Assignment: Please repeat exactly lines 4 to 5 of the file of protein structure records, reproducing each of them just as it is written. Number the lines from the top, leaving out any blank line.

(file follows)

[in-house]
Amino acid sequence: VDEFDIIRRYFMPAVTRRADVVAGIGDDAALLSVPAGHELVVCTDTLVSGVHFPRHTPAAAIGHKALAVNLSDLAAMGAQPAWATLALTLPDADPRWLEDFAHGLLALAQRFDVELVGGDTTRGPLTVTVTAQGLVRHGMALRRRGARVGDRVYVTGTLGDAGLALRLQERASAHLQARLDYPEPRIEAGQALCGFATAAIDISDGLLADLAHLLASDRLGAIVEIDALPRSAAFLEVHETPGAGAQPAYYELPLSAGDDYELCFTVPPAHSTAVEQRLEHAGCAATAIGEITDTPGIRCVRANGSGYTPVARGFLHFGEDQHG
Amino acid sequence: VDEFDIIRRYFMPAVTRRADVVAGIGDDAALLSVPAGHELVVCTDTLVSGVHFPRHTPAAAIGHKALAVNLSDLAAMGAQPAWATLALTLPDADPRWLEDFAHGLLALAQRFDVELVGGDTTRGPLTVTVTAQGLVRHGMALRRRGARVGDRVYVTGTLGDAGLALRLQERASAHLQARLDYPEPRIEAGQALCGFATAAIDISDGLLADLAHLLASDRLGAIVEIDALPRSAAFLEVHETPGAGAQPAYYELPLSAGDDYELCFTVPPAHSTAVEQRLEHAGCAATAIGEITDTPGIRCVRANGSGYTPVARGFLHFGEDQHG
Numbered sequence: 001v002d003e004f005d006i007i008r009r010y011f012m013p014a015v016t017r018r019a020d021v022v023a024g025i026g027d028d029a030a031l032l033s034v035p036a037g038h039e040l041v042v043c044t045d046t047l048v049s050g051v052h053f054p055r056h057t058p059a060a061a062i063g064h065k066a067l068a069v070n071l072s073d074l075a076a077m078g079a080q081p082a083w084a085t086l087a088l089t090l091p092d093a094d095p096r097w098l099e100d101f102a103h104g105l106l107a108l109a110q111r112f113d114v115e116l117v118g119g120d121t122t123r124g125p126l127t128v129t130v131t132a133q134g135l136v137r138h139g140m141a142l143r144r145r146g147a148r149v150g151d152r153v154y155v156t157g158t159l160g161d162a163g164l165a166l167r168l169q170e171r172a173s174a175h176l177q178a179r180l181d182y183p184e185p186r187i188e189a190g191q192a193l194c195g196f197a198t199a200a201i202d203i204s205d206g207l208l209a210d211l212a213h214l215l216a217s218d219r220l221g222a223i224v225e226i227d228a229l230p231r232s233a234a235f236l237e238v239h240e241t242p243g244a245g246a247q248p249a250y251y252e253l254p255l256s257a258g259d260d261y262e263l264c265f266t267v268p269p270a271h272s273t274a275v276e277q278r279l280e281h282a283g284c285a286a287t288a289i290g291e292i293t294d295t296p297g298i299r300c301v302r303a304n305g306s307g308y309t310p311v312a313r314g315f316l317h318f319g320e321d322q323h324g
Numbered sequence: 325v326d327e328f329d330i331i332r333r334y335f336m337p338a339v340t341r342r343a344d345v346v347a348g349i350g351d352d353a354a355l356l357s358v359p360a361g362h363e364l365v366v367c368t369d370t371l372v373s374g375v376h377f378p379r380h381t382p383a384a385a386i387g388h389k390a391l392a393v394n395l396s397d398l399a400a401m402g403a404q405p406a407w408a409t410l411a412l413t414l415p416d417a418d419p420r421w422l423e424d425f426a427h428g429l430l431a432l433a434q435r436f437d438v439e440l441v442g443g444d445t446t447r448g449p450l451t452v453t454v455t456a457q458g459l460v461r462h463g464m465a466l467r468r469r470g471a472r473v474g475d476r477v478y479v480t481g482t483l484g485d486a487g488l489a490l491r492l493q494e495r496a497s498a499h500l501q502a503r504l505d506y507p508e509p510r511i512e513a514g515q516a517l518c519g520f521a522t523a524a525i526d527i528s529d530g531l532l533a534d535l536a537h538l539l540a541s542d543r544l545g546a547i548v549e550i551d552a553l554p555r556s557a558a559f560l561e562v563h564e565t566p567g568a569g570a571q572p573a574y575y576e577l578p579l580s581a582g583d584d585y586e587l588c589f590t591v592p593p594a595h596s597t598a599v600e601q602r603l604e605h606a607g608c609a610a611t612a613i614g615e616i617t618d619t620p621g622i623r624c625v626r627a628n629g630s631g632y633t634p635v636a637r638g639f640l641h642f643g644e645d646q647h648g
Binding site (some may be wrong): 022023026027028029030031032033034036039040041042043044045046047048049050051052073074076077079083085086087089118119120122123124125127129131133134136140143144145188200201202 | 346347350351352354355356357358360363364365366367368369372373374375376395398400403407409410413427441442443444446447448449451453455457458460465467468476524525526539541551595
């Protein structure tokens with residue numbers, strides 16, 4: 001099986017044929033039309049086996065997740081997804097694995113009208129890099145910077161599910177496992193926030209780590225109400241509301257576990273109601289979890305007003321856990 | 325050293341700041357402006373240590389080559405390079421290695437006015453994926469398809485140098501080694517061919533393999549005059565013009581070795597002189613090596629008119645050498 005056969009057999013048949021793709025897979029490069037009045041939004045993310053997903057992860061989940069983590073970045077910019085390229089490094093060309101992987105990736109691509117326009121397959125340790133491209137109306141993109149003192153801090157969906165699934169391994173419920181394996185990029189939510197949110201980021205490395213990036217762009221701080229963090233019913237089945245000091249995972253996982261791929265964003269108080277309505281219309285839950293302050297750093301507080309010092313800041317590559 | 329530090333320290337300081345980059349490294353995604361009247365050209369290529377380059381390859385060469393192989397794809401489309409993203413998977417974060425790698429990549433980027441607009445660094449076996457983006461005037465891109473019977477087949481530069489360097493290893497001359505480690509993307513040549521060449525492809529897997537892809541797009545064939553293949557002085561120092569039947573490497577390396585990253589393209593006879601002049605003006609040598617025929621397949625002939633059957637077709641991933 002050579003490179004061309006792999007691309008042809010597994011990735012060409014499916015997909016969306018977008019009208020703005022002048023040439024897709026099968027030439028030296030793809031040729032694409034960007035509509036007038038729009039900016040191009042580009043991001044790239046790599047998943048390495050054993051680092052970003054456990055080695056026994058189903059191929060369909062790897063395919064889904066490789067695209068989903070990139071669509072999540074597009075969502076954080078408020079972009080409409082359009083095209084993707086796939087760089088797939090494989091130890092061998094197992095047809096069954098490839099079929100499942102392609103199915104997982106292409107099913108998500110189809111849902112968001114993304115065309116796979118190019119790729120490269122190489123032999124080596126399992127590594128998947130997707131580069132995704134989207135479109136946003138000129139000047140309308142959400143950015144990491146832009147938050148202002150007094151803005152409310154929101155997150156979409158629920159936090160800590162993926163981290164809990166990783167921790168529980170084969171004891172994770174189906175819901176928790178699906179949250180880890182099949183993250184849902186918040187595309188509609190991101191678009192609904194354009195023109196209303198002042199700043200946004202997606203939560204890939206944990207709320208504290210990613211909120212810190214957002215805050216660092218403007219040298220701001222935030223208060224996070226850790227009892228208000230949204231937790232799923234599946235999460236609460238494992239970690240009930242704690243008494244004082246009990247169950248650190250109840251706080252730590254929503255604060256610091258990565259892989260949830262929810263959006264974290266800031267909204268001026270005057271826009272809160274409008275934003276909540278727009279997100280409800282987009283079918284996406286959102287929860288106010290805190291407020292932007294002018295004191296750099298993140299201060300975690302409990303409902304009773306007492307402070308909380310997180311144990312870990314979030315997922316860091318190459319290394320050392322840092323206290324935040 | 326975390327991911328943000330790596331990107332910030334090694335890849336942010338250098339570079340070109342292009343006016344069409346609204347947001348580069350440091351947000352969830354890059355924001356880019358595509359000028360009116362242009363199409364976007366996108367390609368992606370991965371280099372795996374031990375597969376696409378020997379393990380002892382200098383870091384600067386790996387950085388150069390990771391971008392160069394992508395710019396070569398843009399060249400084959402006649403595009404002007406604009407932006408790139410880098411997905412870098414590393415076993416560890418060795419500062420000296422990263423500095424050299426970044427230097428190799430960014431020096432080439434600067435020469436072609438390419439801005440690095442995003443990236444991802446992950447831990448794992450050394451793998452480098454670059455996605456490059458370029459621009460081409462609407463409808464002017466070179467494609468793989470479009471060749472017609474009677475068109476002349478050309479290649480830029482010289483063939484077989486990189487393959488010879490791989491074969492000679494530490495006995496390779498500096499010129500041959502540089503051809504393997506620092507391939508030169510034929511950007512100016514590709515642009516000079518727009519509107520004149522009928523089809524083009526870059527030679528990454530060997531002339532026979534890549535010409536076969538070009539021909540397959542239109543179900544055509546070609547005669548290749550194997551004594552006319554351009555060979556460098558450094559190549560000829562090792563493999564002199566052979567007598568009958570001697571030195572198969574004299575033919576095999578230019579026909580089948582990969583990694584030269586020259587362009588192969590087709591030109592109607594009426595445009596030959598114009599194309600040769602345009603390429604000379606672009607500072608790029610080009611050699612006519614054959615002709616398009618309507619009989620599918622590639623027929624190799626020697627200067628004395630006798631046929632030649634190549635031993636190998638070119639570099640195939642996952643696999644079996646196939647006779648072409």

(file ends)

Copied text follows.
Numbered sequence: 001v002d003e004f005d006i007i008r009r010y011f012m013p014a015v016t017r018r019a020d021v022v023a024g025i026g027d028d029a030a031l032l033s034v035p036a037g038h039e040l041v042v043c044t045d046t047l048v049s050g051v052h053f054p055r056h057t058p059a060a061a062i063g064h065k066a067l068a069v070n071l072s073d074l075a076a077m078g079a080q081p082a083w084a085t086l087a088l089t090l091p092d093a094d095p096r097w098l099e100d101f102a103h104g105l106l107a108l109a110q111r112f113d114v115e116l117v118g119g120d121t122t123r124g125p126l127t128v129t130v131t132a133q134g135l136v137r138h139g140m141a142l143r144r145r146g147a148r149v150g151d152r153v154y155v156t157g158t159l160g161d162a163g164l165a166l167r168l169q170e171r172a173s174a175h176l177q178a179r180l181d182y183p184e185p186r187i188e189a190g191q192a193l194c195g196f197a198t199a200a201i202d203i204s205d206g207l208l209a210d211l212a213h214l215l216a217s218d219r220l221g222a223i224v225e226i227d228a229l230p231r232s233a234a235f236l237e238v239h240e241t242p243g244a245g246a247q248p249a250y251y252e253l254p255l256s257a258g259d260d261y262e263l264c265f266t267v268p269p270a271h272s273t274a275v276e277q278r279l280e281h282a283g284c285a286a287t288a289i290g291e292i293t294d295t296p297g298i299r300c301v302r303a304n305g306s307g308y309t310p311v312a313r314g315f316l317h318f319g320e321d322q323h324g
Numbered sequence: 325v326d327e328f329d330i331i332r333r334y335f336m337p338a339v340t341r342r343a344d345v346v347a348g349i350g351d352d353a354a355l356l357s358v359p360a361g362h363e364l365v366v367c368t369d370t371l372v373s374g375v376h377f378p379r380h381t382p383a384a385a386i387g388h389k390a391l392a393v394n395l396s397d398l399a400a401m402g403a404q405p406a407w408a409t410l411a412l413t414l415p416d417a418d419p420r421w422l423e424d425f426a427h428g429l430l431a432l433a434q435r436f437d438v439e440l441v442g443g444d445t446t447r448g449p450l451t452v453t454v455t456a457q458g459l460v461r462h463g464m465a466l467r468r469r470g471a472r473v474g475d476r477v478y479v480t481g482t483l484g485d486a487g488l489a490l491r492l493q494e495r496a497s498a499h500l501q502a503r504l505d506y507p508e509p510r511i512e513a514g515q516a517l518c519g520f521a522t523a524a525i526d527i528s529d530g531l532l533a534d535l536a537h538l539l540a541s542d543r544l545g546a547i548v549e550i551d552a553l554p555r556s557a558a559f560l561e562v563h564e565t566p567g568a569g570a571q572p573a574y575y576e577l578p579l580s581a582g583d584d585y586e587l588c589f590t591v592p593p594a595h596s597t598a599v600e601q602r603l604e605h606a607g608c609a610a611t612a613i614g615e616i617t618d619t620p621g622i623r624c625v626r627a628n629g630s631g632y633t634p635v636a637r638g639f640l641h642f643g644e645d646q647h648g